There are many ways to examine the subject of alchemy, including alchemy as a source of symbolism, psychology, and mysticism. It has also been an influence on the world view of various writers, artist, and musicians. The focus of this report is alchemy as a pre-chemistry, which gave a new impulse towards the preparation of medicinal remedies and also was a major influence on today's scientific investigations.
Alchemy is an ancient art, practiced in the Middle Ages. The fundamental concept of alchemy stemmed from Aristotle's doctrine that all things tend to reach perfection. Because other metals were thought to be less perfect than gold, it was reasonable to believe that nature created gold out of other metals found deep within the earth and that a skilled artisan could duplicate this process. It was said that once someone was able to change, or transmute a "base" chemical into the perfect metal, gold, they would have achieved eternal life and salvation. In this way, alchemy turned into not only a scientific quest, but a spiritual quest as well. Although the purposes and techniques were often times ritualistic and fanciful, alchemy was in many ways the predecessor of modern science, especially the science of chemistry.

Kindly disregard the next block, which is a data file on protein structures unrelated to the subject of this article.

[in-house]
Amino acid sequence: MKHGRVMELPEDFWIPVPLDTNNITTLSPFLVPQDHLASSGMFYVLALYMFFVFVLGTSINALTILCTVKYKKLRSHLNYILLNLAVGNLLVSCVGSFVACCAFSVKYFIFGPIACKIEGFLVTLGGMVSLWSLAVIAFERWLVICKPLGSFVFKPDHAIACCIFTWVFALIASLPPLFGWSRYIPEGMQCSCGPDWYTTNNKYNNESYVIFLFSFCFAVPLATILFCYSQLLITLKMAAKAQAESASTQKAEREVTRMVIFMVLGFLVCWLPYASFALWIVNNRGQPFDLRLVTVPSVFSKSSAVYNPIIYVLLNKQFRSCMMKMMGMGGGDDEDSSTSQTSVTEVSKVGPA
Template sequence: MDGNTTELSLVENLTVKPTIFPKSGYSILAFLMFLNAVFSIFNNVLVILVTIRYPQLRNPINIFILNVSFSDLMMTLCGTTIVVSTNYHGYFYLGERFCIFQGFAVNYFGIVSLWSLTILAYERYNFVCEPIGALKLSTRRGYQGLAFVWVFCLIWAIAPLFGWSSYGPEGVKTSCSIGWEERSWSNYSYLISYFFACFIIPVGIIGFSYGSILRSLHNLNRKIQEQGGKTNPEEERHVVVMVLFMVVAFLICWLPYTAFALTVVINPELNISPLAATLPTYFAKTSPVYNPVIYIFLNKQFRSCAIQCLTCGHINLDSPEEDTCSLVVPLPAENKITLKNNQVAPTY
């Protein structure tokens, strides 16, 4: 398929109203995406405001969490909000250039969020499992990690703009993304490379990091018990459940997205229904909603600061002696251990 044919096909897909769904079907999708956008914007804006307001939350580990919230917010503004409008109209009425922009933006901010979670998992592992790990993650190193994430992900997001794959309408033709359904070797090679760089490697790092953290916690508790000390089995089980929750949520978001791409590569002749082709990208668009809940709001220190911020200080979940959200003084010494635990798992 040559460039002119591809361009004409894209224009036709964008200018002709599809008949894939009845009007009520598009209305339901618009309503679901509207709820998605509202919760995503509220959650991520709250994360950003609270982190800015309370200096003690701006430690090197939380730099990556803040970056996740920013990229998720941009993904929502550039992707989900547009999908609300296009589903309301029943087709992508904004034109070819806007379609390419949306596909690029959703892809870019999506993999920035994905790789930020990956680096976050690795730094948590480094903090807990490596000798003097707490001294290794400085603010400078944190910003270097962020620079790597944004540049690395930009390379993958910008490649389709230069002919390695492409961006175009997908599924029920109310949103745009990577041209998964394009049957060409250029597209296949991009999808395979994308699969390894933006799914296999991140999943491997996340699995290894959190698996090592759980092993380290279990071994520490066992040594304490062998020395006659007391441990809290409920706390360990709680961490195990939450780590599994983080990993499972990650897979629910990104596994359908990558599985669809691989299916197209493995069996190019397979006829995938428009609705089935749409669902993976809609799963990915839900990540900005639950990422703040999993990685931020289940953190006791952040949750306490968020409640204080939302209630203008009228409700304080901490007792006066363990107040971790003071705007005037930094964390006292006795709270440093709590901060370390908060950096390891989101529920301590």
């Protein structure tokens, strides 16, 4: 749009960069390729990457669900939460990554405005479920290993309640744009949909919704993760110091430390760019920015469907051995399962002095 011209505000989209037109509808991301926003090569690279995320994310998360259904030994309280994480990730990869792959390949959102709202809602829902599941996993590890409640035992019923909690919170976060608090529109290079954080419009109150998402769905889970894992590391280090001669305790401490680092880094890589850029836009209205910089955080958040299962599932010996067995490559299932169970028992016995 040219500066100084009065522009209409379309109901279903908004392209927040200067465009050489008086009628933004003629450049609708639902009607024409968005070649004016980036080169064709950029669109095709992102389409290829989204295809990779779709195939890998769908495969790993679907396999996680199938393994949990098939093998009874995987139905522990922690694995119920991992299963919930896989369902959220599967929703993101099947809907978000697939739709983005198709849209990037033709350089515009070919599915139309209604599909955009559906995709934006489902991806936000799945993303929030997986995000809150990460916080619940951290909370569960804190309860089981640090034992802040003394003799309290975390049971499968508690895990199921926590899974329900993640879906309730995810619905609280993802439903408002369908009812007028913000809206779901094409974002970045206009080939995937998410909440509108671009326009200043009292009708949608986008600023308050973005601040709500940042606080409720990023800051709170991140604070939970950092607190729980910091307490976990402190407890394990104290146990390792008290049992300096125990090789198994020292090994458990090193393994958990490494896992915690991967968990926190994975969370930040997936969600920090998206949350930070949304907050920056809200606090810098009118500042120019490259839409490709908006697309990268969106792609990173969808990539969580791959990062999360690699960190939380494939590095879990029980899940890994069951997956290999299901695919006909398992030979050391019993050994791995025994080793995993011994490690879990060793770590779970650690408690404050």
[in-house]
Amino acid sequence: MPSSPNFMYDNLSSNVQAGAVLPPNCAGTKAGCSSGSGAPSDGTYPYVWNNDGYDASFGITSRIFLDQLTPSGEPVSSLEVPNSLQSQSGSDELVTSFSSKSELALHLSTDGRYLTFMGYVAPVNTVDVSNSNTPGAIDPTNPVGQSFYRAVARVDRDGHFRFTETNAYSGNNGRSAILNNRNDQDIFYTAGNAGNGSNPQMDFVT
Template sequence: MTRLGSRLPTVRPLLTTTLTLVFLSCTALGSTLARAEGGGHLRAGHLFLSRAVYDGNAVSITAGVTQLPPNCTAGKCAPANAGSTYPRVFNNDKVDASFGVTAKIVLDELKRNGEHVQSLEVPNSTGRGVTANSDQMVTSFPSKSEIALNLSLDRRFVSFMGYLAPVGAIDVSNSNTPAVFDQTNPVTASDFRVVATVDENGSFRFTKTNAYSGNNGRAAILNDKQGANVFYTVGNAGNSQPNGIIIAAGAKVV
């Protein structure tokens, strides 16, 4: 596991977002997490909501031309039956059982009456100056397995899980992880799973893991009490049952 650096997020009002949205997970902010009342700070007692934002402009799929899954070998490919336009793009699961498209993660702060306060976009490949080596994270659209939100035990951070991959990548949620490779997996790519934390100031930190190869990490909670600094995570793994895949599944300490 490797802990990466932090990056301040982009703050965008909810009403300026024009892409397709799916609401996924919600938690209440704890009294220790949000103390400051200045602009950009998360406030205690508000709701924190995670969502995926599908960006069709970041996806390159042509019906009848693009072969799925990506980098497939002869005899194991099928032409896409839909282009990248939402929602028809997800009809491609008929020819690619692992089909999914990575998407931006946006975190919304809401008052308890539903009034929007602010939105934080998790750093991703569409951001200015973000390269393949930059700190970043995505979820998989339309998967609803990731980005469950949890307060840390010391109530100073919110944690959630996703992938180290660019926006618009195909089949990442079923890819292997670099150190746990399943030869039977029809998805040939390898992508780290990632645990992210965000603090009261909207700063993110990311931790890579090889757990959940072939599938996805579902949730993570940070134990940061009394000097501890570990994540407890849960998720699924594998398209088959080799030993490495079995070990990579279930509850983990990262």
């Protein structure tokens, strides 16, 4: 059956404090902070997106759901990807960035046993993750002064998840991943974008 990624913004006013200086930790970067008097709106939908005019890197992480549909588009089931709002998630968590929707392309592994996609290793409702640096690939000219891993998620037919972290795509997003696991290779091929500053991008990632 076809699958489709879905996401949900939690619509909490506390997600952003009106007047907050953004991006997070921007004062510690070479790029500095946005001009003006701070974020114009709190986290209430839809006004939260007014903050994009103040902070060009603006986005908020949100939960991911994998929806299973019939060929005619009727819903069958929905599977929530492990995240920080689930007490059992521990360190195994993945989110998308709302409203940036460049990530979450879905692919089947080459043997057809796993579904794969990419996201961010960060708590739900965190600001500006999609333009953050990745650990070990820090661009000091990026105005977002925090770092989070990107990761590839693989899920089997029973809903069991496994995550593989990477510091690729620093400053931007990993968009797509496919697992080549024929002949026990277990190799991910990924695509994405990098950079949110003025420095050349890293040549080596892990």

The birthplace of alchemy was ancient Egypt, where, in Alexandria, it began to flourish during the Hellenistic period. Also at that time, a school of alchemy was developing in China. The writings of some Greek philosophers may be considered to be among the very first chemical theories, such as the theory that all things are composed of air, earth, fire, and water. Each of these were represented by different elements, such as sulfur, salt, mercury, and, ideally, gold. Other ideas held by alchemists were that each of the known elements were represented by heavenly bodies. Gold was earth's representation of the sun, silver for the moon, mercury for the planet Mercury, copper for Venus, iron for Mar